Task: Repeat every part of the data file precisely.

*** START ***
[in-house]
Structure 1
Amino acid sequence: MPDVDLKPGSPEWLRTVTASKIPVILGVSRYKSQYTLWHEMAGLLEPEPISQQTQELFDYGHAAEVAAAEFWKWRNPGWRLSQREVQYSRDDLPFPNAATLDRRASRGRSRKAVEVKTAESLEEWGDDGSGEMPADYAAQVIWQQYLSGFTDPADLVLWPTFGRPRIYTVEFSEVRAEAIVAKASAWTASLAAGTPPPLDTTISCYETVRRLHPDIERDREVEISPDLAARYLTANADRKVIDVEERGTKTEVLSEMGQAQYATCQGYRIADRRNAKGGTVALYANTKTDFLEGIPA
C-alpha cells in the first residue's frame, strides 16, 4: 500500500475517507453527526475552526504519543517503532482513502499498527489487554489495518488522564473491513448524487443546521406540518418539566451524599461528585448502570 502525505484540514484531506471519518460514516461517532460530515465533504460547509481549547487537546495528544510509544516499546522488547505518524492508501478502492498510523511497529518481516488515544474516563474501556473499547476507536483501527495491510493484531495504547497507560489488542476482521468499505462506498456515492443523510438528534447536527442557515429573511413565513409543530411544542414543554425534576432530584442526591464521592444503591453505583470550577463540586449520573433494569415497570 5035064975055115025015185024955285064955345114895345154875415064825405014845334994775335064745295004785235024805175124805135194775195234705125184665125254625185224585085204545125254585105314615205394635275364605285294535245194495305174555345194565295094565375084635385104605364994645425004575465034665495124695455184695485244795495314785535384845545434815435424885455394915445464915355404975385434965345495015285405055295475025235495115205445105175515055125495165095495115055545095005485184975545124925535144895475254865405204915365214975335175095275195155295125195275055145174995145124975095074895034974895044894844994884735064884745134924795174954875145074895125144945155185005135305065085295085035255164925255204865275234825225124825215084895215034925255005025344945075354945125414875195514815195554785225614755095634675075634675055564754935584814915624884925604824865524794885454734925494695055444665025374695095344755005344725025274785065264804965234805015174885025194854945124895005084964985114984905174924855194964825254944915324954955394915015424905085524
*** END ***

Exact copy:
[in-house]
Structure 1
Amino acid sequence: MPDVDLKPGSPEWLRTVTASKIPVILGVSRYKSQYTLWHEMAGLLEPEPISQQTQELFDYGHAAEVAAAEFWKWRNPGWRLSQREVQYSRDDLPFPNAATLDRRASRGRSRKAVEVKTAESLEEWGDDGSGEMPADYAAQVIWQQYLSGFTDPADLVLWPTFGRPRIYTVEFSEVRAEAIVAKASAWTASLAAGTPPPLDTTISCYETVRRLHPDIERDREVEISPDLAARYLTANADRKVIDVEERGTKTEVLSEMGQAQYATCQGYRIADRRNAKGGTVALYANTKTDFLEGIPA
C-alpha cells in the first residue's frame, strides 16, 4: 500500500475517507453527526475552526504519543517503532482513502499498527489487554489495518488522564473491513448524487443546521406540518418539566451524599461528585448502570 502525505484540514484531506471519518460514516461517532460530515465533504460547509481549547487537546495528544510509544516499546522488547505518524492508501478502492498510523511497529518481516488515544474516563474501556473499547476507536483501527495491510493484531495504547497507560489488542476482521468499505462506498456515492443523510438528534447536527442557515429573511413565513409543530411544542414543554425534576432530584442526591464521592444503591453505583470550577463540586449520573433494569415497570 5035064975055115025015185024955285064955345114895345154875415064825405014845334994775335064745295004785235024805175124805135194775195234705125184665125254625185224585085204545125254585105314615205394635275364605285294535245194495305174555345194565295094565375084635385104605364994645425004575465034665495124695455184695485244795495314785535384845545434815435424885455394915445464915355404975385434965345495015285405055295475025235495115205445105175515055125495165095495115055545095005485184975545124925535144895475254865405204915365214975335175095275195155295125195275055145174995145124975095074895034974895044894844994884735064884745134924795174954875145074895125144945155185005135305065085295085035255164925255204865275234825225124825215084895215034925255005025344945075354945125414875195514815195554785225614755095634675075634675055564754935584814915624884925604824865524794885454734925494695055444665025374695095344755005344725025274785065264804965234805015174885025194854945124895005084964985114984905174924855194964825254944915324954955394915015424905085524